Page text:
Monday, December 01, 2008

The Gender Power Shift

TransGriot Note: I was invited by Renee at Womanist Musings to write this guest post for her blog.

I had a long and wonderful conversation with her over the weekend getting to know her and getting an 'ejumacation' about life north of the border for peeps of color.

So take a moment to wander over there to check it out and some of Renee's other writings on her quality blog, or just scroll down to read it.

When you transition from one gender role to another, you do more than just swap bodies and sometimes genitalia. You are also picking up all the cultural and societal expectations and baggage associated with that gender role as well.
Race and class also enter into this mix as well in terms of the differing reactions we have in terms of transition for white male to female transwomen and male to female transwomen of color.

One of the things I noted when I first transitioned back in 1994 was how much White transwomen lamented transitioning. I was the lone African-American along with a Latina in my gender group at the time, and she and I discussed in our conversations how so many of the discussions for some of them centered on laments about how much money they lost after they transitioned, pining for the executive jobs they held, or how shocked they were about how nasty and virulent the discrimination they were facing for the first time in their lives was..
It was my first exposure to The Gender Power Shift.

Basically, in Western societal structures, it’s all about the White male. Even if they have a PhD, a GED or no degree, they grow up with a sense of entitlement based on their skin color that makes them feel as though they are superior to anyone, much less a mere person of color.

And as I have stated for over a decade, the GLBT community is a microcosm of society at large. Whatever problems and ‘isms’ are prevalent in the parent society are manifested in our little subset of it.

Some carry those attitudes into transition feeling that they’ll have their new gender role, the cash and the power to go with it. They get a rude awakening from their former brothers in arms, which see them as delusional for willingly stepping down from the role as a White male and angry because in their eyes it’s one less white male to help procreate and keep whites in the majority population against the surging tide of rising minority birth rates and immigration.

To punish them for their ‘crime’ of voluntarily stepping down from the white male club, they get busted them down to white women power levels and face heightened levels of discrimination to keep them there.

Now, at the bottom of the societal power structure is the Black male. They’ve been told their whole lives by the parent society they’ll never amount to nothing, they’re predisposed to criminal activity…well, you get the drift. So when a Black male transitions, the parent society doesn’t care as much, but the end result is that it’s a power upgrade for that individual.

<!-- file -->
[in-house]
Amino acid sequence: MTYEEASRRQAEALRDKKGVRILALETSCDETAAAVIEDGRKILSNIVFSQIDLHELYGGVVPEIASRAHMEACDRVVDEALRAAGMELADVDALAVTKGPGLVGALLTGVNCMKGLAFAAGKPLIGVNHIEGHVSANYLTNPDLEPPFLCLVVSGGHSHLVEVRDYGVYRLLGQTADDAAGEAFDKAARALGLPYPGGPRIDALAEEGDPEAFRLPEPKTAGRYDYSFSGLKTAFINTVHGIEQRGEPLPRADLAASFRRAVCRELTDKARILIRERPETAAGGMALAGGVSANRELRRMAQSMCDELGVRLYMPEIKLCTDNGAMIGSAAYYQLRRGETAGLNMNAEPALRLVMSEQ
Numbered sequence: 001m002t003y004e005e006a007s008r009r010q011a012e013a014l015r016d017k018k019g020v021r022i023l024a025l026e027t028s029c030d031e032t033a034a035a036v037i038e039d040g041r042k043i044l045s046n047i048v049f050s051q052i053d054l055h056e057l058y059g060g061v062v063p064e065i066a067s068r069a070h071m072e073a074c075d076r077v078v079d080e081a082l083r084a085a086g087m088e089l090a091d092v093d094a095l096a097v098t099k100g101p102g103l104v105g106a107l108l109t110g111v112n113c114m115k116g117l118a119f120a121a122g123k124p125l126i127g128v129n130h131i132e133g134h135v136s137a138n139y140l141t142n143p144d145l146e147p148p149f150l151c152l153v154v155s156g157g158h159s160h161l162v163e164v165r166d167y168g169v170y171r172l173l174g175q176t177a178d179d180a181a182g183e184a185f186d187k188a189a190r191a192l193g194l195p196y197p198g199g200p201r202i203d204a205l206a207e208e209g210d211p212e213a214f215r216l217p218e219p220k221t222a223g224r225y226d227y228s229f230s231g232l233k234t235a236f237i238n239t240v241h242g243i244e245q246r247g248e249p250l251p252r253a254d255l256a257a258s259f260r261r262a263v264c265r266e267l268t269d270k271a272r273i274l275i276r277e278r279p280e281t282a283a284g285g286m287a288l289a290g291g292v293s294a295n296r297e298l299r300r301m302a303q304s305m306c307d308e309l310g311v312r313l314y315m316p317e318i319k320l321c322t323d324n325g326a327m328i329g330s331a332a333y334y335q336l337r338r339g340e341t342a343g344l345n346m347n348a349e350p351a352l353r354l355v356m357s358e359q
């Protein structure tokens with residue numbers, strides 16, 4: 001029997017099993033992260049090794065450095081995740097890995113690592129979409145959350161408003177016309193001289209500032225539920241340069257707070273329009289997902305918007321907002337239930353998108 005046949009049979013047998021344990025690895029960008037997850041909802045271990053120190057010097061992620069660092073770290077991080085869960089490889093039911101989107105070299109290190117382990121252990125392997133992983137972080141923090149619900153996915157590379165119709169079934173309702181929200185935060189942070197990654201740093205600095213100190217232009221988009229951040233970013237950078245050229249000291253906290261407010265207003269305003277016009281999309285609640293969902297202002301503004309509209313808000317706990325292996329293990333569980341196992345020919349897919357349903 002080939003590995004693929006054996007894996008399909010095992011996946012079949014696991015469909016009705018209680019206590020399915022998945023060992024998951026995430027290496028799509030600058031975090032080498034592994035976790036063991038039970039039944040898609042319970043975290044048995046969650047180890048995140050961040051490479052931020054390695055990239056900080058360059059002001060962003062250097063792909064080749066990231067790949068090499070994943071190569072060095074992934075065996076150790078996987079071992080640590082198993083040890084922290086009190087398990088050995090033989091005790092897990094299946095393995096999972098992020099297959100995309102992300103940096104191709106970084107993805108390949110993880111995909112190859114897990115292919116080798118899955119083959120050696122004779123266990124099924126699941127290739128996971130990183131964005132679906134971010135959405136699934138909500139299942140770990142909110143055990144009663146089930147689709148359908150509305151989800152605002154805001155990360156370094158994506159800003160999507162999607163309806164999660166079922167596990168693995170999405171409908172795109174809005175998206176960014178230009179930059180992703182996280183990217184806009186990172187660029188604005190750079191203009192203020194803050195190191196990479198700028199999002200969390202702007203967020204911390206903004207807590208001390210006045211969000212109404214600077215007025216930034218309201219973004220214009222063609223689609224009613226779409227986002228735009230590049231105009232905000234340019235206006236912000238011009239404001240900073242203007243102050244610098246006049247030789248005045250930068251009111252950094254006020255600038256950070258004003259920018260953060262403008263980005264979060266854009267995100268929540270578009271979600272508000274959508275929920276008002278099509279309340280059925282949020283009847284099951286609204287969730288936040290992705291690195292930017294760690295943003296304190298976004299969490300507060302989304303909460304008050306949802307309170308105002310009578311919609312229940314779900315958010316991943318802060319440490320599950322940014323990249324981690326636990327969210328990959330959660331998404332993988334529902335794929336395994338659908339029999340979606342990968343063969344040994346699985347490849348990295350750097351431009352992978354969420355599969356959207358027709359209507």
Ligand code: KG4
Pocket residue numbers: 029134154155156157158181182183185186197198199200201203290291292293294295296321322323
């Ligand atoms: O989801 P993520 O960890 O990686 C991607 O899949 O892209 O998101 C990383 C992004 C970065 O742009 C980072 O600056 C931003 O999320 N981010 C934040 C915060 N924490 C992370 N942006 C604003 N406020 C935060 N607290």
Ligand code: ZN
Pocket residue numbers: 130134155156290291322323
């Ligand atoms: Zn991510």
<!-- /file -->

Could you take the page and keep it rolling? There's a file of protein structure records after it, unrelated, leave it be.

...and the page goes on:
Black society is matriarchal based and power is shared somewhat equally between males and females. So when a Black male transitions, while we’re seen as less of a threat to the white power structure than we were as males, it’s conversely a step up in terms of power and prestige because of our new gender role.

In addition to that, being a Black woman is liberating to the person that chafed at being stuck in the Black male gender role. They get the benefits of no longer being considered a ‘menace to society’ with the corresponding improvements in quality of life. So to them, transition becomes a step up in class and power levels and it’s reflected in their perceptions of it.

The reactions of biowomen to transwomen are also different based on race and class. White transwomen are battling the burden of getting whacked with the anti-transgender feminist backlash instigated by Janice Raymond and Germaine Greer in the 70’s and 80’s and their radical feminist disciples. They are seen as interlopers in women’s spaces still seeking to wield WMP despite being in female bodies.

The reaction of Black biowomen to their transsisters is totally different. Black women have had their own bruising battles with those same Raymond-Greer radical feminists, and for the most part reject their philosophy. They are womanists, and reject the demonization of transgender women as espoused by the radical feminists.

As long as Black transwomen immerse themselves in and take seriously the role of Black womanhood, we are down with the goals of uplifting the race and advancing the causes of all women, we are accepted for the most part as women by the biowomen in the Black femininity club.

In addition, Black transwomen because of lack of capital, not only have extended transitions, they tend to focus more on perfecting the inner femininity first before they get to the point of dealing with surgical issues. That helps us hone the social skill we need to smooth our acceptance into the ranks by some Black biowomen.

White transwomen, who tend to start with more capital, blitz through the transition process, get SRS, then focus on the internal femininity issues. Their progress is also retarded by the resentment that some White biowomen have toward White transwomen as well for various reasons.

And in case you’re wondering, White transmen have noted their increased societal power gain after they transitioned, and Black transmen have noted the increased negative perceptions of them post transition as well.

So yes, race and class affect transition in many ways, and the Gender Power Shift is only one small example of it.

No comments: